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An aldehyde or alkanal, is an organic compound containing a functional group with the structure −CHO (or -CH=O), consisting of a carbonyl center (a carbon double-bonded to oxygen) with the carbon atom also bonded to hydrogen, and to an R group, which is any generic alkyl or side chain, or some inorganic group (H, halogen, CF3, etc.).
Aldehydes are volatile compounds, with a strong smell. They are flammable and react with bases, both metal hydroxides and amines, reaction which releases lots of heat. Aldehydes degrade in air via the process of autoxidation, forming various polymers.
Aldehydes polymerize in contact with a strong base, and react exothermically with amines, producing a yellowish insoluble precipitate. Under controlled conditions, it forms the corresponding primary alcohol, and a salt of the corresponding carboxylic acid (Cannizzaro reaction). Aldehydes also react with amines. The reaction of formaldehyde with ammonia for example gives hexamine.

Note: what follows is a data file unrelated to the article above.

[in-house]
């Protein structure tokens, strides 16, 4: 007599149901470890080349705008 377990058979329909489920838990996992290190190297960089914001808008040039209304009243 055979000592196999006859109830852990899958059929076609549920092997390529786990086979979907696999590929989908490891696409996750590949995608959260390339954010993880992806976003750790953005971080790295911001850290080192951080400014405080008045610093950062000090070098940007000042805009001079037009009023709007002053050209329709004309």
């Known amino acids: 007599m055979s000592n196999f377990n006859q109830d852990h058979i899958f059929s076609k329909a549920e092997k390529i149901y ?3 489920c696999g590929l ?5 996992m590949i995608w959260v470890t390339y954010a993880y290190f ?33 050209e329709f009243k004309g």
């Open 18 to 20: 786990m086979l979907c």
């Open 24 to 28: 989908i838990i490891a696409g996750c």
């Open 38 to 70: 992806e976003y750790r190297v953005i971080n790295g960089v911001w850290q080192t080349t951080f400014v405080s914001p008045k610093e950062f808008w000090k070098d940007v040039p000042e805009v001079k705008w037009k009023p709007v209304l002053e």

Aldehydes characteristically form "addition compounds" with sodium bisulfite.
Many high weight aldehydes (benzaldehyde, cinnamaldehyde, etc) have strong and pleasant smells.
Aldehydes can be easily prepared through the Jones oxidation of primary alcohols, which consists of chromium trioxide or potassium dichromate dissolved in a mixture of acetone and dilute sulfuric acid.
Chromium-free oxidation routes involve 2-iodoxybenzoic acid (IBX acid), Dess–Martin periodinane, Swern oxidation, TEMPO, or the Oppenauer oxidation.
Aldehydes can also be produced by oxidizing primary alcohols through near red hot copper. This method is simple enough that it can be used to produce large amounts of aldehyde in a lab setting.
Industrially aldehydes are prepared via hydroformylation of alkenes.
- Ca(HCOO)2 → CH2O + CaCO3
Low weight aldehydes are toxic and carcinogenic. Some may form peroxides upon prolonged contact with air.